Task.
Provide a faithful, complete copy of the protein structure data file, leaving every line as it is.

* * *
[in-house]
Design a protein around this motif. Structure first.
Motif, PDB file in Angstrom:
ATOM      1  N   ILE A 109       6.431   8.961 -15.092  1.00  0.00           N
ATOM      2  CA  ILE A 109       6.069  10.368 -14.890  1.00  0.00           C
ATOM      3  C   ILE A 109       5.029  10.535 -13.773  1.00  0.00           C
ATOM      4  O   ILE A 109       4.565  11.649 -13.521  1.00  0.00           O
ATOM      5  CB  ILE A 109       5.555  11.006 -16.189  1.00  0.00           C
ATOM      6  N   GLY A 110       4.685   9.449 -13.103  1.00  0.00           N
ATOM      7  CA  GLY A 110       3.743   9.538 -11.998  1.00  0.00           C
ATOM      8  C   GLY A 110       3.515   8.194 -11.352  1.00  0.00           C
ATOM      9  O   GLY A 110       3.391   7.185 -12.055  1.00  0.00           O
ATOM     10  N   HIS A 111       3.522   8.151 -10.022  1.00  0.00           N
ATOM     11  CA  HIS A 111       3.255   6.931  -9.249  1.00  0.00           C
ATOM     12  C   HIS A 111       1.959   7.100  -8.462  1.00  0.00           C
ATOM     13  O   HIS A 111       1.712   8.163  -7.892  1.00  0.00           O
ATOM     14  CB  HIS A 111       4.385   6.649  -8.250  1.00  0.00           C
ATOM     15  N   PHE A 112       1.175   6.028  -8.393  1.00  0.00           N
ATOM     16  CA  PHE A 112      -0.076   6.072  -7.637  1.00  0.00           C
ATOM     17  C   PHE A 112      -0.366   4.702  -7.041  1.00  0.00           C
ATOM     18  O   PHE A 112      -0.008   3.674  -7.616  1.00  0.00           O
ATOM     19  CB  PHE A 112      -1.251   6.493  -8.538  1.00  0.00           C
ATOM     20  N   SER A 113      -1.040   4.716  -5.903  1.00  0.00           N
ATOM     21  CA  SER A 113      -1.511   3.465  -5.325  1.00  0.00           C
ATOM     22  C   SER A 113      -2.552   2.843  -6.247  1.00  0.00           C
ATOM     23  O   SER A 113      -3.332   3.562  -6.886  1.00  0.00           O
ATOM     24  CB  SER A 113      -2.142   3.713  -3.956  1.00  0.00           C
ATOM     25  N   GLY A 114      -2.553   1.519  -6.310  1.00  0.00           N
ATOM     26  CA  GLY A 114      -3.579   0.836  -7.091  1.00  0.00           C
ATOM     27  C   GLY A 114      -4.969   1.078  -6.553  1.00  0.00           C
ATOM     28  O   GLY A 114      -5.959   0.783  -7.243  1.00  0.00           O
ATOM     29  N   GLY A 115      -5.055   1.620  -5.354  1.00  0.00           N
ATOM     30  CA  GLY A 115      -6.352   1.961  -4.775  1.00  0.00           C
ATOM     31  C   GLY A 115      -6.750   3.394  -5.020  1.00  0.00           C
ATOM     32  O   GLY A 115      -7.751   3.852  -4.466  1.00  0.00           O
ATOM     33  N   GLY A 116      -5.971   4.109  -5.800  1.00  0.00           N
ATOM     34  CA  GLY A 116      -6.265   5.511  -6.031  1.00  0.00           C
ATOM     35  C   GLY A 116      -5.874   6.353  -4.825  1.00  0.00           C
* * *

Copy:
[in-house]
Design a protein around this motif. Structure first.
Motif, PDB file in Angstrom:
ATOM      1  N   ILE A 109       6.431   8.961 -15.092  1.00  0.00           N
ATOM      2  CA  ILE A 109       6.069  10.368 -14.890  1.00  0.00           C
ATOM      3  C   ILE A 109       5.029  10.535 -13.773  1.00  0.00           C
ATOM      4  O   ILE A 109       4.565  11.649 -13.521  1.00  0.00           O
ATOM      5  CB  ILE A 109       5.555  11.006 -16.189  1.00  0.00           C
ATOM      6  N   GLY A 110       4.685   9.449 -13.103  1.00  0.00           N
ATOM      7  CA  GLY A 110       3.743   9.538 -11.998  1.00  0.00           C
ATOM      8  C   GLY A 110       3.515   8.194 -11.352  1.00  0.00           C
ATOM      9  O   GLY A 110       3.391   7.185 -12.055  1.00  0.00           O
ATOM     10  N   HIS A 111       3.522   8.151 -10.022  1.00  0.00           N
ATOM     11  CA  HIS A 111       3.255   6.931  -9.249  1.00  0.00           C
ATOM     12  C   HIS A 111       1.959   7.100  -8.462  1.00  0.00           C
ATOM     13  O   HIS A 111       1.712   8.163  -7.892  1.00  0.00           O
ATOM     14  CB  HIS A 111       4.385   6.649  -8.250  1.00  0.00           C
ATOM     15  N   PHE A 112       1.175   6.028  -8.393  1.00  0.00           N
ATOM     16  CA  PHE A 112      -0.076   6.072  -7.637  1.00  0.00           C
ATOM     17  C   PHE A 112      -0.366   4.702  -7.041  1.00  0.00           C
ATOM     18  O   PHE A 112      -0.008   3.674  -7.616  1.00  0.00           O
ATOM     19  CB  PHE A 112      -1.251   6.493  -8.538  1.00  0.00           C
ATOM     20  N   SER A 113      -1.040   4.716  -5.903  1.00  0.00           N
ATOM     21  CA  SER A 113      -1.511   3.465  -5.325  1.00  0.00           C
ATOM     22  C   SER A 113      -2.552   2.843  -6.247  1.00  0.00           C
ATOM     23  O   SER A 113      -3.332   3.562  -6.886  1.00  0.00           O
ATOM     24  CB  SER A 113      -2.142   3.713  -3.956  1.00  0.00           C
ATOM     25  N   GLY A 114      -2.553   1.519  -6.310  1.00  0.00           N
ATOM     26  CA  GLY A 114      -3.579   0.836  -7.091  1.00  0.00           C
ATOM     27  C   GLY A 114      -4.969   1.078  -6.553  1.00  0.00           C
ATOM     28  O   GLY A 114      -5.959   0.783  -7.243  1.00  0.00           O
ATOM     29  N   GLY A 115      -5.055   1.620  -5.354  1.00  0.00           N
ATOM     30  CA  GLY A 115      -6.352   1.961  -4.775  1.00  0.00           C
ATOM     31  C   GLY A 115      -6.750   3.394  -5.020  1.00  0.00           C
ATOM     32  O   GLY A 115      -7.751   3.852  -4.466  1.00  0.00           O
ATOM     33  N   GLY A 116      -5.971   4.109  -5.800  1.00  0.00           N
ATOM     34  CA  GLY A 116      -6.265   5.511  -6.031  1.00  0.00           C
ATOM     35  C   GLY A 116      -5.874   6.353  -4.825  1.00  0.00           C